Does Your Cat Seem to Be Losing Her Mind?

Cognitive dysfunction syndrome is a common phenomenon among elderly felines.

Your 17-year-old cat, once a fastidious creature, has been ignoring her litter box for the past several months, defecating and sometimes urinating wherever she pleases throughout the house. She spends most of the day either fast asleep or, if awake, staring blankly at a wall. And at night she wanders about the house in the dark, wailing pathetically. Considering that she seems to be in

Elderly Cats

Bev Caldwell


good physical health, youre apt to wonder whether the cat, at the age of 17 (the equivalent of 85 years or so in a human) might be losing her mind.

You could be right. Various studies have shown that as many as 80 percent of cats over the age of 16 show signs of age-related dementia, often referred to as senility or – as animal behaviorist Katherine Houpt, VMD, PhD, prefers to call it – cognitive dysfunction. “Senility is a rather disparaging term, and dementia implies a kind of aggressive behavior that you might see in extremely unstable humans but never in cats,” says Dr. Houpt, the James Law Professor of Animal Behavior and director of the animal behavior clinic at Cornell Universitys College of Veterinary Medicine.

Looking for Clues

The physical changes in the makeup of a cats brain that result in mental impairment and bizarre behavioral patterns are not well understood, but progress is being made. In one study of cats over the age of 16, post-mortem examination revealed the same type of tangled fibers (beta amyloid plaques) that are seen in the brains of humans with Alzheimers disease. Another post-mortem study revealed that the brains of cognitively impaired cats contain a certain protein that is also present in the brain cells of humans with Alzheimers.

All feline breeds are susceptible to age-related cognitive dysfunction syndrome, Dr. Houpt says, although the condition is more frequently observed in domestic shorthaired cats than in pedigreed cats for the simple reason that shorthaired cats tend to live longer.

Telling Signs

The salient indications that a cat is experiencing this condition include spatial disorientation; wandering in unfamiliar territory; diminished playfulness; excessive sleeping; shifting cycles of sleep and wakefulness; long periods of staring into space or at walls; indifference to food and water; sudden, prolonged and seemingly unprompted vocalization; and elimination outside the litter box.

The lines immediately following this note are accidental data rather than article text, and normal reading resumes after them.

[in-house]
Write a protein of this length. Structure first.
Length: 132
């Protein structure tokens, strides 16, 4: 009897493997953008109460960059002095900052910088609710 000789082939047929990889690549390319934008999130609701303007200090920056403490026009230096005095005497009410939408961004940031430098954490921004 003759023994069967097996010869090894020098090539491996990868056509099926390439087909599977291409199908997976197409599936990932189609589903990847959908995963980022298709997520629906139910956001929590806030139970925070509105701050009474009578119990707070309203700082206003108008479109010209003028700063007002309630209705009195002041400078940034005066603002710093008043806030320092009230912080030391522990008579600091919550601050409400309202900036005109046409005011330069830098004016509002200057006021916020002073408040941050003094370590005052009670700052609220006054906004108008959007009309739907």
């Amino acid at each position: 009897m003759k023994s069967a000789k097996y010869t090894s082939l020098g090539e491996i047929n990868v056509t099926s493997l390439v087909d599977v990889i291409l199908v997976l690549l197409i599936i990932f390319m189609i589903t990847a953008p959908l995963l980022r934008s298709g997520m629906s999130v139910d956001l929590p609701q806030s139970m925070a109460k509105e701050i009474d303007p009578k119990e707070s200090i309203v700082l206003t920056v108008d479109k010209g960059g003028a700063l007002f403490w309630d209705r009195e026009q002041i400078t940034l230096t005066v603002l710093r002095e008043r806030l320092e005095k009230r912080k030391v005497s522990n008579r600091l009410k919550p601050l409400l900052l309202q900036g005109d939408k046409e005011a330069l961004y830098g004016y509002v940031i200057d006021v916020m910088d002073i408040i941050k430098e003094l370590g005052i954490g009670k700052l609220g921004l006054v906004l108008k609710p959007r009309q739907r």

According to Dr. Houpt, the most dramatic and most frequently reported behavioral indication of feline mental decline is an elderly cats persistent vocalization during the night. “They howl constantly between midnight and dawn,” she says. “Thats the behavior that owners complain most about and the one that most frequently leads to a cats being euthanized. People wouldnt mind if the animal was just active during the night. Cats are light on their feet, and you cant hear them pacing. But the constant yowling keeps owners awake.”

Another behavioral indication that may signal age-related mental decline is a change in an animals socializing patterns. “They tend to withdraw from other cats,” says Dr. Houpt. “On the other hand, an old cat will usually become more affectionate, more willing to lie purring in its owners lap for extended periods.”

Despite the prevalence of cognitive dysfunction in the older cat population, owners of an elderly cat that begins to behave oddly should not assume that it is becoming mentally impaired. For example, Dr. Houpt points out: “An undiagnosed cancer that the cat has harbored for a long time may make a cat defecate in the house or become less active. And hyperthyroidism, which can be very easily treated, can make a cat hypervocalize, or meow a lot.”

Other age-related conditions whose signs may resemble those of mental deterioration include arthritis, which can cause a cat to slow down noticeably as it ages; advanced kidney and urinary tract disease, which may severely alter an animals litter box behavior; and progressive hearing problems, which may make a cat decreasingly responsive to its environment.

Easing the Situation

Certain measures might help prevent or delay the onset of cognitive dysfunction, says Dr. Houpt, while others will ease the discomfort of an already affected cat. For example, she suggests that cats 15 years of age and older be fed a diet rich in vitamin E and antioxidants, substances that are known to retard the effects of aging.

Dr. Houpt also advises owners to try to reduce the stress in an aging cats daily life. “Dont bring another cat or a dog into the household,” she says. “This can be very stressful during the later period of an animals life.”

If the aging cat has trouble going up stairs or jumping onto a bed, she suggests helping the animal by providing a ramp. Make sure that its litter box is readily accessible and that the animal can get in and out of it easily.

And take the cat to its veterinarian for routine checkups. If its unusual behavior is due to an underlying illness, the veterinarian can recommend treatment. If cognitive dysfunction is diagnosed, the veterinarian can prescribe medications that may ease the condition. v